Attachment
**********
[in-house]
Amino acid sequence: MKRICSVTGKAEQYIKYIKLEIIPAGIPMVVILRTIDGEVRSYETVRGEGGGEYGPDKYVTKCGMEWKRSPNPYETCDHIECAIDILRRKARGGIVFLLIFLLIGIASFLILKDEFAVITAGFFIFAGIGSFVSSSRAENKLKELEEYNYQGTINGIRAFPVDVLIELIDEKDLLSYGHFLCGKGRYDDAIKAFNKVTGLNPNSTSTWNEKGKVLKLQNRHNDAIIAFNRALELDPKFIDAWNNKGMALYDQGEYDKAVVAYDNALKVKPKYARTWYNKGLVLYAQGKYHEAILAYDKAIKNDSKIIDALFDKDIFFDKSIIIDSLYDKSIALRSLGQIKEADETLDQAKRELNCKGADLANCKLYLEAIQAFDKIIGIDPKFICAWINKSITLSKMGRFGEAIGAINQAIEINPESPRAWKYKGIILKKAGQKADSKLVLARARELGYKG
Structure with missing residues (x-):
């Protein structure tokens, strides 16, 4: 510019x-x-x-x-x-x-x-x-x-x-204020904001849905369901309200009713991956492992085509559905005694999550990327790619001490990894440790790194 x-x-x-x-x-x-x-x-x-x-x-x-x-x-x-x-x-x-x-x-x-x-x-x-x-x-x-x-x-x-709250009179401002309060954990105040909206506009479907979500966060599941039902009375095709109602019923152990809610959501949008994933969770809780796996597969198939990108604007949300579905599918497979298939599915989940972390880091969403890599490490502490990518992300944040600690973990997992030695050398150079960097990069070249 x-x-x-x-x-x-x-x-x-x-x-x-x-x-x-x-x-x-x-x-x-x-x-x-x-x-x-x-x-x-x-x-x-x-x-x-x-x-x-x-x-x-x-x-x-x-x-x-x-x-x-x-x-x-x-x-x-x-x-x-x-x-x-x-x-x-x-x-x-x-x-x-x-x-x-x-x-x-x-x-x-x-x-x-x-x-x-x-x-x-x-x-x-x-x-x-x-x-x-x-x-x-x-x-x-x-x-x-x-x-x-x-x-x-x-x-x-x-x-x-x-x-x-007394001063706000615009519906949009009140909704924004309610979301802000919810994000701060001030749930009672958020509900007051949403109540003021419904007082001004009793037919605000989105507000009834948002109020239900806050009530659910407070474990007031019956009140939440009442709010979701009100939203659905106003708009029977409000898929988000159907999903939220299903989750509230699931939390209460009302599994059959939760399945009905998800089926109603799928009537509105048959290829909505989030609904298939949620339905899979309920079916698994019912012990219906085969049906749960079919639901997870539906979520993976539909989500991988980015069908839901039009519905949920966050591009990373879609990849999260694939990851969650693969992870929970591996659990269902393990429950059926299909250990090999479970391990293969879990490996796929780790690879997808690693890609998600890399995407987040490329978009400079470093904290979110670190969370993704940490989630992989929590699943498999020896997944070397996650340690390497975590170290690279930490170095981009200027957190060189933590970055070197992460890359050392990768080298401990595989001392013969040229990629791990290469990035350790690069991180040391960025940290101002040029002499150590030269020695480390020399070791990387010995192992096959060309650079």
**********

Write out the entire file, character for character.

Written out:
[in-house]
Amino acid sequence: MKRICSVTGKAEQYIKYIKLEIIPAGIPMVVILRTIDGEVRSYETVRGEGGGEYGPDKYVTKCGMEWKRSPNPYETCDHIECAIDILRRKARGGIVFLLIFLLIGIASFLILKDEFAVITAGFFIFAGIGSFVSSSRAENKLKELEEYNYQGTINGIRAFPVDVLIELIDEKDLLSYGHFLCGKGRYDDAIKAFNKVTGLNPNSTSTWNEKGKVLKLQNRHNDAIIAFNRALELDPKFIDAWNNKGMALYDQGEYDKAVVAYDNALKVKPKYARTWYNKGLVLYAQGKYHEAILAYDKAIKNDSKIIDALFDKDIFFDKSIIIDSLYDKSIALRSLGQIKEADETLDQAKRELNCKGADLANCKLYLEAIQAFDKIIGIDPKFICAWINKSITLSKMGRFGEAIGAINQAIEINPESPRAWKYKGIILKKAGQKADSKLVLARARELGYKG
Structure with missing residues (x-):
């Protein structure tokens, strides 16, 4: 510019x-x-x-x-x-x-x-x-x-x-204020904001849905369901309200009713991956492992085509559905005694999550990327790619001490990894440790790194 x-x-x-x-x-x-x-x-x-x-x-x-x-x-x-x-x-x-x-x-x-x-x-x-x-x-x-x-x-x-709250009179401002309060954990105040909206506009479907979500966060599941039902009375095709109602019923152990809610959501949008994933969770809780796996597969198939990108604007949300579905599918497979298939599915989940972390880091969403890599490490502490990518992300944040600690973990997992030695050398150079960097990069070249 x-x-x-x-x-x-x-x-x-x-x-x-x-x-x-x-x-x-x-x-x-x-x-x-x-x-x-x-x-x-x-x-x-x-x-x-x-x-x-x-x-x-x-x-x-x-x-x-x-x-x-x-x-x-x-x-x-x-x-x-x-x-x-x-x-x-x-x-x-x-x-x-x-x-x-x-x-x-x-x-x-x-x-x-x-x-x-x-x-x-x-x-x-x-x-x-x-x-x-x-x-x-x-x-x-x-x-x-x-x-x-x-x-x-x-x-x-x-x-x-x-x-x-007394001063706000615009519906949009009140909704924004309610979301802000919810994000701060001030749930009672958020509900007051949403109540003021419904007082001004009793037919605000989105507000009834948002109020239900806050009530659910407070474990007031019956009140939440009442709010979701009100939203659905106003708009029977409000898929988000159907999903939220299903989750509230699931939390209460009302599994059959939760399945009905998800089926109603799928009537509105048959290829909505989030609904298939949620339905899979309920079916698994019912012990219906085969049906749960079919639901997870539906979520993976539909989500991988980015069908839901039009519905949920966050591009990373879609990849999260694939990851969650693969992870929970591996659990269902393990429950059926299909250990090999479970391990293969879990490996796929780790690879997808690693890609998600890399995407987040490329978009400079470093904290979110670190969370993704940490989630992989929590699943498999020896997944070397996650340690390497975590170290690279930490170095981009200027957190060189933590970055070197992460890359050392990768080298401990595989001392013969040229990629791990290469990035350790690069991180040391960025940290101002040029002499150590030269020695480390020399070791990387010995192992096959060309650079």